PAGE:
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etween Boston Avenue and the river. Our own experience was, doubtless, like that of others, and as more houses were built the family cow (and pig as well) was crowded out. Now nobody sees the quart measures of those days. After a time the practice of leaving each customer's supply in a small can came in vogue, and this is superseded by the glass bottles, with dealer's name, and of duly prescribed size, all according to law. The Mr. Hadley who preceded J. E. Ober may have succeeded Mr. Milliken. Mr. Ober sold out to Lockhart & Munsey; and there was T. H. Nourse, who also came from the Foot of the Rocks; also a Mr. Hobbs. These were the advance guard of the present army of local milkmen. In Mr. Wait's reminiscences, which follow, there is ample opportunity to read between the lines by comparison with present-day methods, remembering that the first railroad train passed through Medford only ten years before his driving milk wagon, and that the men he mentions relied mostly on
Medford Historical Society Papers, Volume 14., Some Medford farmers who had milk routes in Boston in the Thirties and forties. (search)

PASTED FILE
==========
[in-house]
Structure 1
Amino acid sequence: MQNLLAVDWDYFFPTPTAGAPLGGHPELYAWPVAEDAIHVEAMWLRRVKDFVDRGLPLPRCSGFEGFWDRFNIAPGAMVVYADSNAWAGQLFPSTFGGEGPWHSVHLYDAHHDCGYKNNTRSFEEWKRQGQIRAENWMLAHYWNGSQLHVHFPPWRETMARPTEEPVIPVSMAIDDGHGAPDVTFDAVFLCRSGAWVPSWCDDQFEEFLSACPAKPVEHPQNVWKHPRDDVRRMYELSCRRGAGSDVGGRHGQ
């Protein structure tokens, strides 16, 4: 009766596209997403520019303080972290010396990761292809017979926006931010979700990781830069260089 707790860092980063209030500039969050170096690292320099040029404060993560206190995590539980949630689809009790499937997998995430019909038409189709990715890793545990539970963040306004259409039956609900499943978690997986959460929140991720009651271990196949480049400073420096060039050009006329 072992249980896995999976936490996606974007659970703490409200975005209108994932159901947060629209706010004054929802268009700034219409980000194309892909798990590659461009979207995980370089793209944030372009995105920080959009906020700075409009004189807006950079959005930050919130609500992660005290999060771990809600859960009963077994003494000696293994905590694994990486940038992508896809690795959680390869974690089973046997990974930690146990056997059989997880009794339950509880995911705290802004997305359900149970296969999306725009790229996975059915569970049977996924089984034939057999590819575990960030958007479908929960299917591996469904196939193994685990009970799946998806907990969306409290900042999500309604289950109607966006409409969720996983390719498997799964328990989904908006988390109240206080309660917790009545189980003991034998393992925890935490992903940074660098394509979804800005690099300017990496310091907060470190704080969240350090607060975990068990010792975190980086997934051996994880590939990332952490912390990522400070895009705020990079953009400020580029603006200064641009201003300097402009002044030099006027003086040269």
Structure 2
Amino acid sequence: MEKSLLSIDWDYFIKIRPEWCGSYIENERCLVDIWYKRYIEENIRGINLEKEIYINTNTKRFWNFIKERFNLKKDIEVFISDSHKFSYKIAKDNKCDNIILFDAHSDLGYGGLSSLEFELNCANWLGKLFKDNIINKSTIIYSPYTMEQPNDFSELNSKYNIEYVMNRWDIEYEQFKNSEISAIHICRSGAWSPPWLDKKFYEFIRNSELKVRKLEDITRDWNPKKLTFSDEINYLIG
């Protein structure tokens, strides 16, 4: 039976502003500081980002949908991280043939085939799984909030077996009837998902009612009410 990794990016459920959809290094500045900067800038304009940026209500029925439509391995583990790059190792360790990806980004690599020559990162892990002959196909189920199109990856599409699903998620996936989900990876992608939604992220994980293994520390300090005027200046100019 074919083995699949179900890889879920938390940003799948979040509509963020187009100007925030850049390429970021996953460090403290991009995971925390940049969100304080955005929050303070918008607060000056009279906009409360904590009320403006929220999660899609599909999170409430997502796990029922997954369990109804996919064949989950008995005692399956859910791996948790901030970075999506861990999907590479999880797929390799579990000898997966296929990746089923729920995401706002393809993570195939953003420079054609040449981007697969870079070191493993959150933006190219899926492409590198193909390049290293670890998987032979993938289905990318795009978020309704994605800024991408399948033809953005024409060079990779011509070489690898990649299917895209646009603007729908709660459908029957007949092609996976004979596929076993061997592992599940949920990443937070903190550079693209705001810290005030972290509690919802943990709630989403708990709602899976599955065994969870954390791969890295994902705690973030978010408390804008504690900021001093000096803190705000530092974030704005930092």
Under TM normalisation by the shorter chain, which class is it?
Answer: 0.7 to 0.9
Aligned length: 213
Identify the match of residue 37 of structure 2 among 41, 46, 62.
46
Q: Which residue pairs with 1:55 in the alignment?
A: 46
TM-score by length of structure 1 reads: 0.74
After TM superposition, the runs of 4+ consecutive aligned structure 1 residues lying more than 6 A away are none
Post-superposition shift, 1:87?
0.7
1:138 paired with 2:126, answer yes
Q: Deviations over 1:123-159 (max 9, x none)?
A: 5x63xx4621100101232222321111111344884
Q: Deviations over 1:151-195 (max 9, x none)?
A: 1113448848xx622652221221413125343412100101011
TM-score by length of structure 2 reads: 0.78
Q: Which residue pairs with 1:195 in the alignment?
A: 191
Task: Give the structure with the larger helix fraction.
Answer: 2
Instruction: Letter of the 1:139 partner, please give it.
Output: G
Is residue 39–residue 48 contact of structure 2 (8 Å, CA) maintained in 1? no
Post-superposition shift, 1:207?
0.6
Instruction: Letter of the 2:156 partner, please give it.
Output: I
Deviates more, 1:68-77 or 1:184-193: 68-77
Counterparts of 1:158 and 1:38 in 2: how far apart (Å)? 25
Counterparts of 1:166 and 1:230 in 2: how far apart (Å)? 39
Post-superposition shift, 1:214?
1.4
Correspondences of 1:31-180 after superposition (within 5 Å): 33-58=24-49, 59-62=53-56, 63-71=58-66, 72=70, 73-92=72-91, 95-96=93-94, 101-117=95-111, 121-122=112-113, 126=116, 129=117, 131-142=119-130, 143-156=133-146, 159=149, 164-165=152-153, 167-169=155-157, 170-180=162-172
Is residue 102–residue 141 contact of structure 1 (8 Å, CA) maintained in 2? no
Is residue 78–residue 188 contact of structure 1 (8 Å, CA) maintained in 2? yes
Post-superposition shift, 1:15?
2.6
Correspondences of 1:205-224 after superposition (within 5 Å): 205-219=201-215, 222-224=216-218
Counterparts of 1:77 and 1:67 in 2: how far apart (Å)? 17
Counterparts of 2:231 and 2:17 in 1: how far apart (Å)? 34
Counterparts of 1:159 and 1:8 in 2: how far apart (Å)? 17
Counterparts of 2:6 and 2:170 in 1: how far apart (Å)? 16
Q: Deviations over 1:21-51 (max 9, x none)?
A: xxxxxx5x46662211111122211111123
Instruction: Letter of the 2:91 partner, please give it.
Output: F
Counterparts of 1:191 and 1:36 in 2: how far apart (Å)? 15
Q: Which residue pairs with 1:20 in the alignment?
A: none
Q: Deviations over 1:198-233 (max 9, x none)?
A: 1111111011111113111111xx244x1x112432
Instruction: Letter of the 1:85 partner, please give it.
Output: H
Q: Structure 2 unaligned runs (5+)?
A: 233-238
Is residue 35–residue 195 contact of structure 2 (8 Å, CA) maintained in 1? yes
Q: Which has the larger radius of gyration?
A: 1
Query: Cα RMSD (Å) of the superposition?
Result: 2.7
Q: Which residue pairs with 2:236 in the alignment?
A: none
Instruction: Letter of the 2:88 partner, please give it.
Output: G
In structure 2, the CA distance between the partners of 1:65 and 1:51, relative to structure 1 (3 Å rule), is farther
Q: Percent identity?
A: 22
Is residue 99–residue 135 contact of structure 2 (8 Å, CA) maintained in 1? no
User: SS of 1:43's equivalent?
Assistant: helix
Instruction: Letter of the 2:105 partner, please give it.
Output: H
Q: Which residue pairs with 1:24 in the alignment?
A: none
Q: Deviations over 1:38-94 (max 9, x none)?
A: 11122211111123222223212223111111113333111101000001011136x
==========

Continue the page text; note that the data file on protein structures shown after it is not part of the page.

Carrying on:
Adams farm at West Medford, on the south side of the canal. Capt. Nathan (Squire) Adams' farm was on both sides of Main street, and included the Mystic Park. He died, 1842, aged seventy-nine. His nephew, George E. Adams, succeeded him. The buildings were on the east side of the street. Dea. Nathan Adams lived half way up Winter Hill. The buildings were on the west side of the street. He died, 1849, aged sixty. In Charlestown Square, in the rear of Sawtell & Jacobs' grocery, were sheds and a stable where many milkmen, on the return home, used to call to bait themselves and horses. Sawyer's Cellar Restaurant, near by, was not idle. Noah Johnson, who lived on Marm Simonds' hill, had a local route. J. E. Wellington bought him out, ran it about a year, and sold to a Mr. Milliken of Lexington. This was long before J. E. Ober's time. There were, perhaps, no others doing a local milk business at that time, so many Medford people had cows of their own. Francis A. Wait.